A rare instance in which both sides are right, the variant cover by Milo Manara is provocative and a provocation all at once.
Variant comic covers are usually a win-win-win. Yes, the practice emerged during the speculator boom that nearly destroyed the comics industry during the 1990s, but it isn’t inherently bad. For one thing, it allows notable artists to interpret a comic character in their own style, enriching the art of comics. For another, it can create genuinely collectable content that encourages greater sales of specific comic books, potentially enriching the coffers of a comic publisher. And for yet another, in many cases they serve as an introduction to an artist’s work for readers who might never have heard of them.
But as Marvel – maybe* – discovered to its chagrin, hiring an artist whose work falls far outside of a specific comic title’s assumed parameters can sometimes explode in one’s face.
This week, the company unveiled a special variant cover for Spider Woman #1, drawn by Italian comics legend Milo Manara. For those of you who don’t know, it’s long past time to dig into his work. His art is textured, detailed and subtle, and in many ways he’s the Jean Henri Gaston Giraud (AKA M?bius) of Italy, especially in how it’s impossible to separate his work from his country’s style of comic art. That he’s worked with luminaries like Fellini and Neil Gaiman, among many others, is only a tiny tribute to his impact and renown among visual artists of all stripes.
But most importantly, he is one of the all time great practitioners of erotic comic book art, and it is in that capacity he is most well known in the anglosphere. His style can always be identified by his signature “heart shaped ass“, but his depictions of sex, women and sexuality generally are striking, beautiful, and frankly, very hot. All of which is to say that if you hire him, presumably you do so because that’s what he does.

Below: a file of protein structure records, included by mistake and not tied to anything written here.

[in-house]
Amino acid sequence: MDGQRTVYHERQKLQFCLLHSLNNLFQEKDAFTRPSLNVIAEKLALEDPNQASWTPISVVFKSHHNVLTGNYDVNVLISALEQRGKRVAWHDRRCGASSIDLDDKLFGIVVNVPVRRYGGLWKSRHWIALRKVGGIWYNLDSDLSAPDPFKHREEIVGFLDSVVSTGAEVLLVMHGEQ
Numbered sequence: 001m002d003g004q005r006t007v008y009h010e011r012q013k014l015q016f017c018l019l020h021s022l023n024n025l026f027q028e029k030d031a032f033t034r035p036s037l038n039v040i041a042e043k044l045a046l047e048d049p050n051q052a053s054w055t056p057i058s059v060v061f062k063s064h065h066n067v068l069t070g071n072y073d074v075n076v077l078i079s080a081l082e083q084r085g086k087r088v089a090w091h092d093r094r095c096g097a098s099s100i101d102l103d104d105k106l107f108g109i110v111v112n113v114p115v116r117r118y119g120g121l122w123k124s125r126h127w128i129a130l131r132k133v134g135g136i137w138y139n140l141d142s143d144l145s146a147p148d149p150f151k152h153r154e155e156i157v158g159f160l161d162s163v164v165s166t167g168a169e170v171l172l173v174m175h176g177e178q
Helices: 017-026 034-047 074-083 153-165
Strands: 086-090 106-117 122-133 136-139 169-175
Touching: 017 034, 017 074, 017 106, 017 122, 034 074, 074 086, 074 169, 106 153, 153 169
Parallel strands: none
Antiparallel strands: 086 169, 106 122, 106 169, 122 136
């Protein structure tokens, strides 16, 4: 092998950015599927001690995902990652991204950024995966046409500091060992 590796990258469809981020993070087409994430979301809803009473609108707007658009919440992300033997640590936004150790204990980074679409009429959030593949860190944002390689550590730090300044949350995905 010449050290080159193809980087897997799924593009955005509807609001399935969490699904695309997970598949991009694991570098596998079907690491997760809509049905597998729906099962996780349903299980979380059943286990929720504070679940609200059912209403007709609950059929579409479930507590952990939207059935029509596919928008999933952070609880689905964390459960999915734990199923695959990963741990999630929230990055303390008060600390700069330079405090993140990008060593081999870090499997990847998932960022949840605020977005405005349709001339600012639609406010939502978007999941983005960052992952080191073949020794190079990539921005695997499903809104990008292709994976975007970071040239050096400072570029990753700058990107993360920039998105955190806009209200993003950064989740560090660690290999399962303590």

Here is, by the way, what he did for Marvel:
If this cover is the very first time you’ve paid attention to his work (or, as I’ve noticed in some cases, even heard of him), you probably won’t think “here is the work of a master”. And if you’re someone for whom the recent history of the comics industry is galling, it’s probably understandable if this image provokes a… less than enthusiastic response. So it was yesterday that reaction to Manara’s variant cover prompted a huge amount of fierce criticism. You can see a good cross-sampling here, here and here.
My initial reaction to these criticisms was negative. I’ll admit that I do think that some critics – NOT the ones I’ve cited here – veer dangerously close to a kind of anti-sex sentiment that suggests the eroticism itself is what is most offensive. Others critics do appear not to know who Milo Manara is, leading to some rather weird dismissals of his work. But these criticisms, I’m happy to report, make up a small minority of complaints.